Page plays with DollsConcert Review • February 19, 2011 • Ottawa Sun
Steven Page did his best to put the Barenaked Ladies behind him at Friday night’s National Arts Centre gig.
But opening for those power ballad pinups the Goo Goo Dolls, it was a one step forward, two steps back kind of affair, with a set that would alternate, perhaps too easily, between the Page that fronted the “If I Had a Million Dollar” pranksters, and the new, more mature solo artist.
But no one said that transition would be easy.
The driving creative force behind the Ladies until 2009, Page remains a rambunctiously entertaining frontman as well as a ferociously clever singer and songwriter. The only thing that seems to have changed is that he seems to have grown up and out of the fratboy shenanigans that was a big part of BNL’s schtick.
In it’s place was a humbled Page, making fun of himself and his fall from grace.
Dressed in a natty jacket and backed by the multitasking Bryden and Jesse Baird, his opening number, the BNL favourite “Jane” put the audience of 1,800 on alert for what would be a mixed bag, alternating old BNL tunes such as “Old Apartment,” with new tunes including “Indecision”, “She’s Trying To Save Me”, “Clifton Springs” from his 2010 “Page One”.
Not surprisingly, they fit together seamlessly.
That being said, Page proved to be solidly entertaining, mashing “It’s All Been Done Before”, with a rousing mashup with the theme song from “The Price Is Right”, before closing with “Brian Wilson.”
In the end, Page did what he meant to do, and show the fans that he still has the brains and creative energy to do for himself what he did for the Ladies.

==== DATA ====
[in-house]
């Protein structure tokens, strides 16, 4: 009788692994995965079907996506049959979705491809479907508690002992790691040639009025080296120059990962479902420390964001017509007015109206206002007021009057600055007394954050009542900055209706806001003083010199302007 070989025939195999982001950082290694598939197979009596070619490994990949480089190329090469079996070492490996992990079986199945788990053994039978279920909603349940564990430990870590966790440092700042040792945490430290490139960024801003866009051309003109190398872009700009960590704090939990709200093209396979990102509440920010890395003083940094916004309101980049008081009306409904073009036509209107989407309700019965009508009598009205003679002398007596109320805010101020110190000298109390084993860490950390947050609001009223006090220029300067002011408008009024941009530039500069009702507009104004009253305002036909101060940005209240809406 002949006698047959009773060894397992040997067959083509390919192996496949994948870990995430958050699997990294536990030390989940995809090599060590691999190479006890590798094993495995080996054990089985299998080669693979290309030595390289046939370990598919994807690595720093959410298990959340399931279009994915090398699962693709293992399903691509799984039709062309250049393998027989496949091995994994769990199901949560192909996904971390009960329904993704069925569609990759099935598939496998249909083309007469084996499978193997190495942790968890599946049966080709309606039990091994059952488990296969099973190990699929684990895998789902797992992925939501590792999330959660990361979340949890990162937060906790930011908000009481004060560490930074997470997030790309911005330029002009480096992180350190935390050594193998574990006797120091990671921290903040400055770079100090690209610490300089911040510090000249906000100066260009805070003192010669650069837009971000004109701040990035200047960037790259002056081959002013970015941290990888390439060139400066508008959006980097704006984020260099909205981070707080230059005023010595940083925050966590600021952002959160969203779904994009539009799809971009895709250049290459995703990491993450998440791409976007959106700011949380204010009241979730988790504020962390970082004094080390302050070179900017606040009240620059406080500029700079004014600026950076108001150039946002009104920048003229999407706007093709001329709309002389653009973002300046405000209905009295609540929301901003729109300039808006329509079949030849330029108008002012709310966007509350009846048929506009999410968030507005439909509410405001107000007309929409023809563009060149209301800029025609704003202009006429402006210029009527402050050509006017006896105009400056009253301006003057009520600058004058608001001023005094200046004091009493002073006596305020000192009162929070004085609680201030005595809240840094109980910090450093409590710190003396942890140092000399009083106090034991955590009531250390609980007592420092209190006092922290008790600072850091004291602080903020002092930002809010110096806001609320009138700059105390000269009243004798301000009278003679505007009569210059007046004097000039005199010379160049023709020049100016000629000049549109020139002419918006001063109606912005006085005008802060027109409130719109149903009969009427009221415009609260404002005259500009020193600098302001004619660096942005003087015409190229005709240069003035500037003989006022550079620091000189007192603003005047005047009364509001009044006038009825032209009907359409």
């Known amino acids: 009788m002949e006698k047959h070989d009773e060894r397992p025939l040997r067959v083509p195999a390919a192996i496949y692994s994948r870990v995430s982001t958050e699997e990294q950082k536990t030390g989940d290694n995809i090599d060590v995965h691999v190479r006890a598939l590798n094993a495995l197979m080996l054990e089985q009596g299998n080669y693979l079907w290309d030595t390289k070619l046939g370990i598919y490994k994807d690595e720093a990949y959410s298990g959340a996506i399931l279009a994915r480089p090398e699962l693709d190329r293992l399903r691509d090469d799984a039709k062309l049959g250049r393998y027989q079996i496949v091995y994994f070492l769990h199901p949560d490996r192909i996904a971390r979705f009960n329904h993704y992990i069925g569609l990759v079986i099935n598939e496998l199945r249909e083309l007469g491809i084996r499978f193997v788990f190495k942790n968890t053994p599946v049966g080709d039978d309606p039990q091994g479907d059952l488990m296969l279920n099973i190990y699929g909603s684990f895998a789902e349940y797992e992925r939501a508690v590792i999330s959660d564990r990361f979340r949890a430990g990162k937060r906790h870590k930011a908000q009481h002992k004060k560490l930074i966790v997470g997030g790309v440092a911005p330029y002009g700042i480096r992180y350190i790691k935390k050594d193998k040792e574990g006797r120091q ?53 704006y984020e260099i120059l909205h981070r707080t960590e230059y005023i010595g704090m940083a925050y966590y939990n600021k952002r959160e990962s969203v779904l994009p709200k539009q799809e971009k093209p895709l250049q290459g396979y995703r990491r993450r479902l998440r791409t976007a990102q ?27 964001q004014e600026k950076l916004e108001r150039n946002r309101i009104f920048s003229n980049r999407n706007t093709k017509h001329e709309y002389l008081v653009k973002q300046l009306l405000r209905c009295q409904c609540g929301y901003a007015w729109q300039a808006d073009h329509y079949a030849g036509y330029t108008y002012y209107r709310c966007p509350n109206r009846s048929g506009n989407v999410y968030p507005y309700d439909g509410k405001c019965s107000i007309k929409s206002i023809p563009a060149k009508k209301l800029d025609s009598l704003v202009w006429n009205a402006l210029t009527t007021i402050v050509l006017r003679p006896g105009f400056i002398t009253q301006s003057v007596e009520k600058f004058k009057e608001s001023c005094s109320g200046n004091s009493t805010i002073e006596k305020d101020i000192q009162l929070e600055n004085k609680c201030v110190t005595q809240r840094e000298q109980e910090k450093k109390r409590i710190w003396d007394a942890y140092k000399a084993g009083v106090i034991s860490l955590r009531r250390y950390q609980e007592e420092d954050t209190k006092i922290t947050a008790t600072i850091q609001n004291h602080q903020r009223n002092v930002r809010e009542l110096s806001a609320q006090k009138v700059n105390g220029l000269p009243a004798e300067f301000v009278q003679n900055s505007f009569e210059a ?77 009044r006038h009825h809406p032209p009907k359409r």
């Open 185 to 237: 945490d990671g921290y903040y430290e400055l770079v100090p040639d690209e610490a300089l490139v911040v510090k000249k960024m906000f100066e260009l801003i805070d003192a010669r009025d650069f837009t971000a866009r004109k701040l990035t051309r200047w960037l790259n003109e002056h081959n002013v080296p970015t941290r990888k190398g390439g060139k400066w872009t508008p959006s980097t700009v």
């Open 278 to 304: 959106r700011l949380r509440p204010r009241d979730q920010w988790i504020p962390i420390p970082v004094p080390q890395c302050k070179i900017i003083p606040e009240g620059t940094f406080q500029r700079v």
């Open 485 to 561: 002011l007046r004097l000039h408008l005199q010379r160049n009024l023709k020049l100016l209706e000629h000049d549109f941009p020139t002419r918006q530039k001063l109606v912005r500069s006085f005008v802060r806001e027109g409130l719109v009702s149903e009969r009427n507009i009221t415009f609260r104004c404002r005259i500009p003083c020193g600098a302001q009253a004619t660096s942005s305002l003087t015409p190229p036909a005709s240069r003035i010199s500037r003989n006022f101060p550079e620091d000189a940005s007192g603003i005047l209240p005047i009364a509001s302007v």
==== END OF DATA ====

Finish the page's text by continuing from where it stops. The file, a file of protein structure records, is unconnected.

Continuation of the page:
When it came to the headliners, never underestimate the power of good hair.
Despite a bad cold, Goo Goo Dolls’ vocalist John Rzeznik managed to scrape together enough of a voice to entertain a nearly sold-out National Arts Centre.
And when Rzeznik did lose his voice, well, there was still that hair to keep the ladies screaming for more.
The band from Buffalo is obviously made of hearty stuff. At least it showed as much in their standup performance as it does in their setlist of amplified love songs.
Opening with “The Sweetest Lie”, the first single from the new album “Something For the Rest of Us”, the Goo Goos got into a familiar groove and never looked back, cranking out jukebox favourites such as “Big Machine”, “Slide”, “Dizzy”, a rousing “Here is Gone”, “Can't Let It Go”, “Stay With You”, “Let Love In” and their monster hit, “Iris,” as best they could, with a brave Rzeznik hydrating between songs to get through the set.
Bassist Robbie Takac smoothly picked up a lot of the slack, plugging the new album and singing.
But the relentless setlist took its toll on Rzeznik’s ailing voice.
Too bad, not ones for vocal subtleties, or variety for that matter, every song came at the same monotonous fever pitch, one that even Rzeznik couldn’t sustain.
3 out of 5 stars
at National Arts Centre